"Link Love - Is Google Searching the Right Stuff?" was the topic of this week's Yi-Tan call with Jerry Michalski and Mary Hodder. The observation is that all of the sites that keep track of "top 100" lists or "top hits" scores for searches or weblogs have opaque algorithms for determining same, and what results as the lists are not very accurate once you exit the mass public Internet and get into more specialized fields or subfields.
Rich Wiggins was noting this problem to me this morning, with the observation that an attempt to diagnose a mysterious "four beeps and fail" boot sequence on his IBM Thinkpad X40 resulted in nothing useful with any of the obvious Google searches for that topic - and Rich is really good at search. The searches turned up all kinds of ways for you to buy a Thinkpad but precious few on how to fix it.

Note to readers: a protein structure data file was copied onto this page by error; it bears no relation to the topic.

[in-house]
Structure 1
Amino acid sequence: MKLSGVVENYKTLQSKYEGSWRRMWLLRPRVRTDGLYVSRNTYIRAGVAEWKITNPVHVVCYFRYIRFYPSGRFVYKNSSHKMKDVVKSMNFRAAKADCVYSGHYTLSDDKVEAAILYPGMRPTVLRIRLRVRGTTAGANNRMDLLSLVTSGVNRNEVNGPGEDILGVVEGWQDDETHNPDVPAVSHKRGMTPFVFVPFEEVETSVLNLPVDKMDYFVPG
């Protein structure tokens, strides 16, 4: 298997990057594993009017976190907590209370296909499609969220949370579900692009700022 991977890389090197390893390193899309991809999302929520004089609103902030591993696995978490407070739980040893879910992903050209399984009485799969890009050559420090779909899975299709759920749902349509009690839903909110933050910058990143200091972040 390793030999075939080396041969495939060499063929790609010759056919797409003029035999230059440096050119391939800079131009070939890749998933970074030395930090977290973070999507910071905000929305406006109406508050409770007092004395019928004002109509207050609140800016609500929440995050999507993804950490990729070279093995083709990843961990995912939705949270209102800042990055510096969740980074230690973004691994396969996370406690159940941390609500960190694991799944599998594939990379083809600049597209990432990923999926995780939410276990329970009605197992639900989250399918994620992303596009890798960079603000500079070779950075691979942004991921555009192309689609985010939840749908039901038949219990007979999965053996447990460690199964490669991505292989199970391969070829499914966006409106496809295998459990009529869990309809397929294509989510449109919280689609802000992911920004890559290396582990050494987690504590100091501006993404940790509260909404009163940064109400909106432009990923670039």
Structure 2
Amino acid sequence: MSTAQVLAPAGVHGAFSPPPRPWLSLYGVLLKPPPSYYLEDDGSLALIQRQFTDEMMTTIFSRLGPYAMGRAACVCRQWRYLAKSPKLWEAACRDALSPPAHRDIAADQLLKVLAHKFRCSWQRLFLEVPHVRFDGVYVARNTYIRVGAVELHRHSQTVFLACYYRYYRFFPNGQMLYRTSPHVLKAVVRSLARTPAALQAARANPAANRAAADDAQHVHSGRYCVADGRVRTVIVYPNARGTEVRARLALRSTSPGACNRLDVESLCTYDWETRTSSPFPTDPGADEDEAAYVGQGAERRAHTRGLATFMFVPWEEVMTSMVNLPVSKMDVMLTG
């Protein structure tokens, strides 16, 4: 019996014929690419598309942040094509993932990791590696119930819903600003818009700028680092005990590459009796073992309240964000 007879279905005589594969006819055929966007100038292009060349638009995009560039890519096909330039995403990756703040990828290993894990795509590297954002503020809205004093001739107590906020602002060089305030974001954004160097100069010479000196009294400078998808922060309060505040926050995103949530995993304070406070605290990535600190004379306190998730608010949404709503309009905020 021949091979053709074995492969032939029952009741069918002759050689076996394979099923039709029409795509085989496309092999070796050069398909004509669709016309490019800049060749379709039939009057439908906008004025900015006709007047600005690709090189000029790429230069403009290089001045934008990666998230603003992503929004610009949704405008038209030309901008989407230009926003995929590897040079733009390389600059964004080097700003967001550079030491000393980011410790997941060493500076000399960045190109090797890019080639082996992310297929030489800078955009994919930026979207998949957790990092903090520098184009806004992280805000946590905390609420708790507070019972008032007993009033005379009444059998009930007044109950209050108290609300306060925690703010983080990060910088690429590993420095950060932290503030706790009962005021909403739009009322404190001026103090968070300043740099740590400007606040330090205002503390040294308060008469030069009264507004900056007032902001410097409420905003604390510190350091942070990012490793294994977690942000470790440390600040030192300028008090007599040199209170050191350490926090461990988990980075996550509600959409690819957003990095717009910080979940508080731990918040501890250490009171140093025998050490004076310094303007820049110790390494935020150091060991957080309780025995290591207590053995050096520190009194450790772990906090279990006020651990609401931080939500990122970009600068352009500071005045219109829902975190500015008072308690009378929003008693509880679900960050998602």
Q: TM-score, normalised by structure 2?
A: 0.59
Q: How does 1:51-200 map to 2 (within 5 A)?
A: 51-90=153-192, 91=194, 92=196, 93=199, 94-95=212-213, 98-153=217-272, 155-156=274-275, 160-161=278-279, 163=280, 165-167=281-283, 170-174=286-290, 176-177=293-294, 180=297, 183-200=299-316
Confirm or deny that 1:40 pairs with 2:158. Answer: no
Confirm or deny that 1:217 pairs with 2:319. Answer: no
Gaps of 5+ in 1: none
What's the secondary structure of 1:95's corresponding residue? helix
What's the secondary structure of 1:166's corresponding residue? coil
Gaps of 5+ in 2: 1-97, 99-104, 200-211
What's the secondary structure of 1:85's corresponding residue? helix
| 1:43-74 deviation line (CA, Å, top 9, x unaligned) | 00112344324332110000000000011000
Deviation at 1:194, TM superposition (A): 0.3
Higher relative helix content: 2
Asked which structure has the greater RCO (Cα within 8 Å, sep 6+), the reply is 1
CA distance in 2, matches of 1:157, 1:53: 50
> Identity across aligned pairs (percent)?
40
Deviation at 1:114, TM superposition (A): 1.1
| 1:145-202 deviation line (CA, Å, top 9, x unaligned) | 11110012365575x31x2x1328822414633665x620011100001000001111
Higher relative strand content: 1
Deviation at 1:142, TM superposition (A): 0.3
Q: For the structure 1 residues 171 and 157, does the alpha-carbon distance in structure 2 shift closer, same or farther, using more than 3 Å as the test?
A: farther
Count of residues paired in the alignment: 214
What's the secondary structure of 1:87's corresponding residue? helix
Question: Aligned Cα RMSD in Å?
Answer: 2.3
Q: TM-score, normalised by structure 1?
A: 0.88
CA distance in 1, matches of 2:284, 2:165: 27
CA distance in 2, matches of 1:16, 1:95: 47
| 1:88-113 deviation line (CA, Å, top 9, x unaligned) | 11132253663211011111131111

Mary Hodder pointed out one really interesting salient point about the metrics used to compute influence and activity within the sadly named "blogosphere". (ugh) Most of the blog ranking tools use links as their proxy for love. In my experience, however, it's the good and useful comments and discussions that are a lot better reflection of whether someone really cares enough to click through and make a difference, and all things being equal I'd rather be part of a conversation all in one place (think Confer and a place like CRLT:MICROS) rather than a huge diffuse everyone talking about everything everywhere (think Technorati).
I mentioned on the call my conversation with Wayne Baker last week over bi bim bop about how people are differently influential in a network by the amount of energy they bring to others in their sphere. Should we be recasting our measures and metrics as "link energy" rather than "link love"? James Governor from Redmonk uses the term in roughly the right context.
Thanks for the call Jerry and Mary!